When Clancy and his family move to a new house, everyone is delighted, except Clancy. Clancy think everything about the new house is too big. He fondly remembers his old room, the old fireplace, the old house. Clancy heads outside to play and discovers the huge pile of cardboard boxes left from the move. He starts to play in them and then hears someone’s voice. It’s Millie, a new neighbor. The two play together with the boxes, finally building a house out of them, a very fine house.
Gleeson has captured the uncertainty of a move. She never descends into melodrama here, instead speaking directly to Clancy’s feelings and reactions to the new home. Children who have experienced a move, even one they enjoyed, will recognize the emotions here. Gleeson’s use of the moving boxes as a way to deal with the move and make a new friend is very clever. They change from a symbol of what Clancy moved away from into a symbol of what he moved to.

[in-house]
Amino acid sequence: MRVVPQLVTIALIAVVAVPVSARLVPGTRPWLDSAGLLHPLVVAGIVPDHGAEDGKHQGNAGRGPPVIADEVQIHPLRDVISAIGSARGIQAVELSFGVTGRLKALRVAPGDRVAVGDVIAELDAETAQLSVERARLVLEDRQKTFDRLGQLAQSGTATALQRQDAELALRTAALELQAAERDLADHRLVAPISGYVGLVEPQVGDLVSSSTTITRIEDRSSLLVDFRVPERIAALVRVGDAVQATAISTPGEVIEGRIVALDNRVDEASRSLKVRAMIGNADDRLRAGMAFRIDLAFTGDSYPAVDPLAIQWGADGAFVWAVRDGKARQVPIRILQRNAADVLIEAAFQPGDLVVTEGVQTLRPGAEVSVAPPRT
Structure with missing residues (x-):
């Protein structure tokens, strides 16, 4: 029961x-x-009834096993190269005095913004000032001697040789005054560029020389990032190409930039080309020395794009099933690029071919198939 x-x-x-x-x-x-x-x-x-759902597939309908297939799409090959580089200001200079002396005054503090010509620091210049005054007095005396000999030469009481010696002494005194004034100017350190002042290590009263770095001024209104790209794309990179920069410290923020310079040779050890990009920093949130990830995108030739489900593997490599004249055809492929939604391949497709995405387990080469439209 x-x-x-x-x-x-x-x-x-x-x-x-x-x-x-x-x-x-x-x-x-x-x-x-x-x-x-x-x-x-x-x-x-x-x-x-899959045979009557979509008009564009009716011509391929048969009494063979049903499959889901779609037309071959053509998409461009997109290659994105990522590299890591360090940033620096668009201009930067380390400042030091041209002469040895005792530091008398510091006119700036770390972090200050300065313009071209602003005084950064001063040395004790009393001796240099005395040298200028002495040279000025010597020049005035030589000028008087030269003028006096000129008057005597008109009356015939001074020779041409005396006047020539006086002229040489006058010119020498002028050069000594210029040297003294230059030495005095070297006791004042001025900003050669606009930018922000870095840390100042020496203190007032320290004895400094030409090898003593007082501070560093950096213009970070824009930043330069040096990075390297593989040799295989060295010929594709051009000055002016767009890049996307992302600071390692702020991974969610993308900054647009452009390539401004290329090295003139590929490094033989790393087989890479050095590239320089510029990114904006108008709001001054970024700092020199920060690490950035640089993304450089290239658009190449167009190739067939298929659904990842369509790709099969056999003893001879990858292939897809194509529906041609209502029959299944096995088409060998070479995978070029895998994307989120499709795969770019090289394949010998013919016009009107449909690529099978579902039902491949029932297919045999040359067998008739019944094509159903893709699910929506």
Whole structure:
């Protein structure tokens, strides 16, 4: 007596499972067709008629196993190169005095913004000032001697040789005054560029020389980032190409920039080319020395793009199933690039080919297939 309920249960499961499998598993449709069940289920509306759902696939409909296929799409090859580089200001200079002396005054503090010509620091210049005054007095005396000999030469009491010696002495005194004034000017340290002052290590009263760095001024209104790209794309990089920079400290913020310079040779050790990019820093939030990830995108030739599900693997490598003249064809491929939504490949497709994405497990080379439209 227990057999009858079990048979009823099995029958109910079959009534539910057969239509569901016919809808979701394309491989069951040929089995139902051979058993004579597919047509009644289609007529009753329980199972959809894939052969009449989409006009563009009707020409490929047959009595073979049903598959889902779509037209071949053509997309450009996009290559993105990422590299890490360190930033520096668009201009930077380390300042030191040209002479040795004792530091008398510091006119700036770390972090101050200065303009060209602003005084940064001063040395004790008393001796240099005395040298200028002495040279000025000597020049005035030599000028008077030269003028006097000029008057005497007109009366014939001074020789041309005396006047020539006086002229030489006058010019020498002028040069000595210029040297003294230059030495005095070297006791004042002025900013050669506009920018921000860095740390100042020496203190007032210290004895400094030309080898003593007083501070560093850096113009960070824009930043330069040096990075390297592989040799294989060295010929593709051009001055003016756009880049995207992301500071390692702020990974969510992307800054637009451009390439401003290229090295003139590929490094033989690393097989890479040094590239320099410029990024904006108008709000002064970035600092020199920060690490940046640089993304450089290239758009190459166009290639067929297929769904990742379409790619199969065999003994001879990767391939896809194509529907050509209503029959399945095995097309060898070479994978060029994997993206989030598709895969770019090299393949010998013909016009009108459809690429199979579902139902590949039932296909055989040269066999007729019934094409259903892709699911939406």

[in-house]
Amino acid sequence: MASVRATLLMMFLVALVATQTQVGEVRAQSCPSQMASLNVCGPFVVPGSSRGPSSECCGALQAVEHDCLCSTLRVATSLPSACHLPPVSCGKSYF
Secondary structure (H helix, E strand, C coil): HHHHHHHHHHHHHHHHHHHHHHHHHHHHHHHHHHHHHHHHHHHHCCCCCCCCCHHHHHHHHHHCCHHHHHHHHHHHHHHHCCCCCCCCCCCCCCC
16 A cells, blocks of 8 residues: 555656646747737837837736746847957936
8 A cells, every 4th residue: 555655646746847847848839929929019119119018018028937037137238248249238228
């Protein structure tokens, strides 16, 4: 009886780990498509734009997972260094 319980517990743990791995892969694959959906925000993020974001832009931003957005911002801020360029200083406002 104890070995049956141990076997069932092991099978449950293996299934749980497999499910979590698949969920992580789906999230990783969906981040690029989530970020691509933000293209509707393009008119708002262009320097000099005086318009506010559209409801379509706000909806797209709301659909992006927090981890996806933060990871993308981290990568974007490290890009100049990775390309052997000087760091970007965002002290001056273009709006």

Blackwood’s illustrations show the move from Clancy’s point of view. The rooms of the new house loom, gray and empty around him. The images from his memories are brighter and cozier, clearly contrasting with the new home. The tower of boxes seems taller than the houses when Clancy heads outside. The potential is there is the gravity-defying stack.
This is a great book about moving, making new friends, and the power of imagination to create new connections and memories. Appropriate for ages 4-6.
Reviewed from library copy.